Meet a few of the women in Rotary playing a pivotal role in the effort to eradicate the disease.
Story Written By: Audrey Carl
Feb. 28, 2019
In every corner of the world, women in Rotary are leading the charge to make polio history. They are fundraisers, volunteers, polio survivors, and advocates from all backgrounds and walks of life with one thing in common: working to ensure that no child ever has to suffer the devastating and paralyzing effects of polio. In honor of International Women’s Day, we highlight the work of 5 of the many women in Rotary leading the way in the fight to end polio.
Diment, of the Rotary Club of Maidenhead Thames, England, leads Rotary’s UK advocacy efforts, and is a passionate fundraiser and International PolioPlus Committee member. In 2017, she led Rotary’s efforts to create champions for polio eradication among UK political leaders, resulting in the country committing an additional £100 million to the global initiative. “On International Women’s’ Day, I salute the frontline women health workers in Pakistan, Afghanistan, and Nigeria for their dedication and commitment to ensure that all children under five are vaccinated, often risking their lives on a daily basis.” Hear more from Diment here.
Ijeoma Pearl Okoro
Ijeoma Pearl Okoro is a member of the Rotary Club of Port Harcourt, Nigeria where she directs End Polio Now activities throughout sub-Saharan Africa. She leads efforts to build awareness around the fight to eliminate polio from Nigeria and engages other Rotary members and the public through events and promotional endeavors. Through a range of activities, like government advocacy, celebrity engagement, and fundraising, Okoro’s leadership helps ensure that polio eradication is a priority and every child is protected from the disease. “Until the last child is reached and immunized, no child in the world is free. Let us all support the cause to end polio now.”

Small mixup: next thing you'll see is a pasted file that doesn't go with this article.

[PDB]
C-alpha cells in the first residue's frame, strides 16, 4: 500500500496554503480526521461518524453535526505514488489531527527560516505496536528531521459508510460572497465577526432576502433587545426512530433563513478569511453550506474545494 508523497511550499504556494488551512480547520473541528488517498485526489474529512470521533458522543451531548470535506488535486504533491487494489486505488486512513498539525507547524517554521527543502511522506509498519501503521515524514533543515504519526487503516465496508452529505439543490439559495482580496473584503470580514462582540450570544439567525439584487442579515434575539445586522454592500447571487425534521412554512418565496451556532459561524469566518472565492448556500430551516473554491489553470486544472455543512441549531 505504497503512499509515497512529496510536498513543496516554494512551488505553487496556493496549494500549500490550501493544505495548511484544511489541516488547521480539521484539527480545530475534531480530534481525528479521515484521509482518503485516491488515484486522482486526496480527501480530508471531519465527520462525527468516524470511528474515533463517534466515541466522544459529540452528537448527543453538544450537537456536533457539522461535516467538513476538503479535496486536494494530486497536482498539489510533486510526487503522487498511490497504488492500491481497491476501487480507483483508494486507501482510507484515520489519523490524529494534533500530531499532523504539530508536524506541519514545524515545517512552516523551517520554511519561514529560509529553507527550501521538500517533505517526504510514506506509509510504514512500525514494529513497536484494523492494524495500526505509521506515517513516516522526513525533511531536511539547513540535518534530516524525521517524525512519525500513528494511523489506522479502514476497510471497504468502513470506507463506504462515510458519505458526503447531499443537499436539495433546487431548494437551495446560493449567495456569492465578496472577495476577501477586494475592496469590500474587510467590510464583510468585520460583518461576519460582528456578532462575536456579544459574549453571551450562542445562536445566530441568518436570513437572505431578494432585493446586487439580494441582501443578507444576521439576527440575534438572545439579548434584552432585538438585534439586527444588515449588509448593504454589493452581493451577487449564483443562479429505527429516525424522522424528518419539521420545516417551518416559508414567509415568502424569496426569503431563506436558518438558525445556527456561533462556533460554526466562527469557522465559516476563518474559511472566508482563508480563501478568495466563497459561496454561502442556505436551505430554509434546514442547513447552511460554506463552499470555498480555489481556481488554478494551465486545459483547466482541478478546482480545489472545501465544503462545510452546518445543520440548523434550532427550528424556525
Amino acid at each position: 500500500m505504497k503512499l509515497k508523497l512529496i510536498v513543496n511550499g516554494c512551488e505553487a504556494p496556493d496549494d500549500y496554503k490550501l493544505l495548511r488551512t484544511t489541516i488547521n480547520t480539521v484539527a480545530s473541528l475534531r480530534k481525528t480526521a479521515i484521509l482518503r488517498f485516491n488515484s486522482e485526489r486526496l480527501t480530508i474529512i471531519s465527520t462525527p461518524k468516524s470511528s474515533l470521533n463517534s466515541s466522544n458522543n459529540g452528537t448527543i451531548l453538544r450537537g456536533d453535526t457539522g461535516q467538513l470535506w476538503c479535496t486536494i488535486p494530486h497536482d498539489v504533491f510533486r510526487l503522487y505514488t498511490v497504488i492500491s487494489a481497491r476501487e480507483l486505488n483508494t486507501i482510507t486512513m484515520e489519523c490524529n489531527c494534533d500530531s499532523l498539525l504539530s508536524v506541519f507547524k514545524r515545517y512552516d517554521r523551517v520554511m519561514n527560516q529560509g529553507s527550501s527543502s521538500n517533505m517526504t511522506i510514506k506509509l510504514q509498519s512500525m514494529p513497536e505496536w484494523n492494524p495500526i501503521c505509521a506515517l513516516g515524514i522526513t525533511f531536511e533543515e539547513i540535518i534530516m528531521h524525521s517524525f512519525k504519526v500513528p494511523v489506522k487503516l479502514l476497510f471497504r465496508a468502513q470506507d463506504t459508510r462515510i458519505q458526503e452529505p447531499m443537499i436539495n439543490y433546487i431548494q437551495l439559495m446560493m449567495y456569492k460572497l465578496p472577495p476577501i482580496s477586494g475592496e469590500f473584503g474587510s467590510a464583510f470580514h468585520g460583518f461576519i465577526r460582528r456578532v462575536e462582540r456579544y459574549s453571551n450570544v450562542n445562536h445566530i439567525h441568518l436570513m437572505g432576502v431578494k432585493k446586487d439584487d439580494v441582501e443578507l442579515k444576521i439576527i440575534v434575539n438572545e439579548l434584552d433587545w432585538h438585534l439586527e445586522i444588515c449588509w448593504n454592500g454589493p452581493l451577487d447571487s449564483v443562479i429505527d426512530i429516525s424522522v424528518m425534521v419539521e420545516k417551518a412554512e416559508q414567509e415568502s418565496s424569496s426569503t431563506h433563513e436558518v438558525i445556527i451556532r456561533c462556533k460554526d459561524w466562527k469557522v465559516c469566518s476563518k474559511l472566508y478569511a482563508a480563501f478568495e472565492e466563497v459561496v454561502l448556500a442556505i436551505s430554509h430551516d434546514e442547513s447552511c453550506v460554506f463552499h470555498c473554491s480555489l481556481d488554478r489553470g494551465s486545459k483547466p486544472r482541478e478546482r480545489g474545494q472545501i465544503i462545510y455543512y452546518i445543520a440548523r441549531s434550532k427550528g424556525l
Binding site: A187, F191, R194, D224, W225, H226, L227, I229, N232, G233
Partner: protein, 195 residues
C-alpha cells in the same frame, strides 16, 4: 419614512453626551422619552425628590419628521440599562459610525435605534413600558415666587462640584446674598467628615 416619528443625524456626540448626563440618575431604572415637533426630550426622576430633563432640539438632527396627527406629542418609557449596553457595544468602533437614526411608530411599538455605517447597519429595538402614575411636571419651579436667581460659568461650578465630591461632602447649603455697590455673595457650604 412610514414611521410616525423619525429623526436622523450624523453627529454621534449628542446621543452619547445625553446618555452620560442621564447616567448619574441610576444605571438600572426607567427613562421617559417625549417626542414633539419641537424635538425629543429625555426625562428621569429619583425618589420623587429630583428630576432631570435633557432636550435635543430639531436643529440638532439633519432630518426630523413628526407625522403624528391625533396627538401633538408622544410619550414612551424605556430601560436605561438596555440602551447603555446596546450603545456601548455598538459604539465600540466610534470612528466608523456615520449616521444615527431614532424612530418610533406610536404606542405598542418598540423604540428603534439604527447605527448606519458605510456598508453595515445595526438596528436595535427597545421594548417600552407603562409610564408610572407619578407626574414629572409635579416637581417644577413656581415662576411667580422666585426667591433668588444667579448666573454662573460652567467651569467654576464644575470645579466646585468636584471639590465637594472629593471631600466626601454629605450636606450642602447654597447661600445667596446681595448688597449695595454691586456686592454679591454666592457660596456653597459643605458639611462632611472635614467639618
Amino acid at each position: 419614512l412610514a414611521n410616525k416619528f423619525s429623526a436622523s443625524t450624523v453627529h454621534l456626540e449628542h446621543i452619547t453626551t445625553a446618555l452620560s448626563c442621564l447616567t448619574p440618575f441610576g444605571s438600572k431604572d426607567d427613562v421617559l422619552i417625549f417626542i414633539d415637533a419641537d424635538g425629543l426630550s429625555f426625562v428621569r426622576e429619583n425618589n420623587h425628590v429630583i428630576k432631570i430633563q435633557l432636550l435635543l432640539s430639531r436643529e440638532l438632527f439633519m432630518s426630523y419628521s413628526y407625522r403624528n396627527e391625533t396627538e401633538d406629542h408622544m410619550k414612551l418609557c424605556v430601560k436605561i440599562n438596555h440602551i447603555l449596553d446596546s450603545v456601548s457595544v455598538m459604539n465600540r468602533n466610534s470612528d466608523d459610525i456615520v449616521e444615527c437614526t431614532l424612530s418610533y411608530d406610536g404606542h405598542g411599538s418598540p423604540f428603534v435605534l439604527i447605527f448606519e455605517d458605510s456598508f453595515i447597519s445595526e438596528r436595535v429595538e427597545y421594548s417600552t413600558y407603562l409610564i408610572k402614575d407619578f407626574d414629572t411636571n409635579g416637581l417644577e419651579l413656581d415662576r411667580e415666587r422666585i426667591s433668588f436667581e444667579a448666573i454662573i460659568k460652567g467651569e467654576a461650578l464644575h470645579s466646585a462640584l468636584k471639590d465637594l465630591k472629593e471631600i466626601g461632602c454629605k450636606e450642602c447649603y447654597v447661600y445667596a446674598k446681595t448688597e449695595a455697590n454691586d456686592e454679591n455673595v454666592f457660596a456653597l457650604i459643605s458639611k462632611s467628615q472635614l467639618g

A member of the Rotary Club of Islamabad (Metropolitan), Pakistan, Gul runs a Rotary-funded health center in Nowshera, working with teams of female vaccinators help reach neighborhoods of ethnic Afghan refugees displaced by conflict in tribal border regions. Gul’s teams use cellphones for daily data reporting on immunization progress, which helps health organizations analyze data and report back in real time. “I just contribute my part as a Rotarian. I’m happy to work in remote areas, especially with women, motivating them to play their role in society,” Gul says. Read more about Gul’s work in Pakistan.
Ann Lee Hussey has led Rotary volunteers on nearly 30 trips to places like Pakistan and Nigeria to immunize kids against polio, the disease that has affected her since she was 17 months old. A member of the Portland Sunrise Rotary Club, Maine, USA, she is an outspoken advocate for polio eradication and immunization in general and has testified at state legislative hearings in Maine on the importance of vaccination. In January, Hussey spoke of her experience as a polio survivor and her Rotary service at Rotary’s International Assembly, highlighting the role of frontline polio workers: “Without question, the many health workers around the world—80 percent of whom are women—are the unsung heroes on the polio front. Without them, we would not be where we are today.”
Richmond-Ahoua joined the Rotary Club of Abidjan-Biétry, Côte d’Ivoire, in 1991, making her one of the first female Rotarians in Africa. When a general canceled a national immunization day during a 1999 coup in her country, Richmond-Ahoua appealed directly to the general’s family, pleading that innocent children had nothing to do with the war. Shortly afterward, the general granted her request and presided over the opening of the rescheduled immunization day. Richmond-Ahoua coordinates national polio immunizations and serves on the Africa Regional PolioPlus Committee. She also spoke at last year’s World Bank International Women’s Day event.